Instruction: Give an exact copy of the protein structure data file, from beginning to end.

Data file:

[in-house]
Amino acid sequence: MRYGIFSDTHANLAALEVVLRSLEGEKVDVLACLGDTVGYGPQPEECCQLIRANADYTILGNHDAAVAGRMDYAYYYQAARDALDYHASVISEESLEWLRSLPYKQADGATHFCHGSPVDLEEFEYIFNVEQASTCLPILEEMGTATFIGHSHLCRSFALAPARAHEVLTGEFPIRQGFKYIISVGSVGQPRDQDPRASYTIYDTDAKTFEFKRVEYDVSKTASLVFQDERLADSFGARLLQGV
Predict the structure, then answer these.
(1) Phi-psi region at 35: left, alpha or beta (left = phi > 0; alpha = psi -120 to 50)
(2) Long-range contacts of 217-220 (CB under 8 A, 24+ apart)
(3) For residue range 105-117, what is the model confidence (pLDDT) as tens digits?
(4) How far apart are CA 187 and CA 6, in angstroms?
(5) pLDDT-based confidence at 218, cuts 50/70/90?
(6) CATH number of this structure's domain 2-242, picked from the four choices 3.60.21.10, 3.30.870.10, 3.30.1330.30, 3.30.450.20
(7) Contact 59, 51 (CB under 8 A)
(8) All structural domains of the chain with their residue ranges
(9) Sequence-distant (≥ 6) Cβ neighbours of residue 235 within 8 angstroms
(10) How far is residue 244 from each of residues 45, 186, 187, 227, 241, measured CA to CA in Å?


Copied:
[in-house]
Amino acid sequence: MRYGIFSDTHANLAALEVVLRSLEGEKVDVLACLGDTVGYGPQPEECCQLIRANADYTILGNHDAAVAGRMDYAYYYQAARDALDYHASVISEESLEWLRSLPYKQADGATHFCHGSPVDLEEFEYIFNVEQASTCLPILEEMGTATFIGHSHLCRSFALAPARAHEVLTGEFPIRQGFKYIISVGSVGQPRDQDPRASYTIYDTDAKTFEFKRVEYDVSKTASLVFQDERLADSFGARLLQGV
Predict the structure, then answer these.
(1) Phi-psi region at 35: left, alpha or beta (left = phi > 0; alpha = psi -120 to 50)
(2) Long-range contacts of 217-220 (CB under 8 A, 24+ apart)
(3) For residue range 105-117, what is the model confidence (pLDDT) as tens digits?
(4) How far apart are CA 187 and CA 6, in angstroms?
(5) pLDDT-based confidence at 218, cuts 50/70/90?
(6) CATH number of this structure's domain 2-242, picked from the four choices 3.60.21.10, 3.30.870.10, 3.30.1330.30, 3.30.450.20
(7) Contact 59, 51 (CB under 8 A)
(8) All structural domains of the chain with their residue ranges
(9) Sequence-distant (≥ 6) Cβ neighbours of residue 235 within 8 angstroms
(10) How far is residue 244 from each of residues 45, 186, 187, 227, 241, measured CA to CA in Å?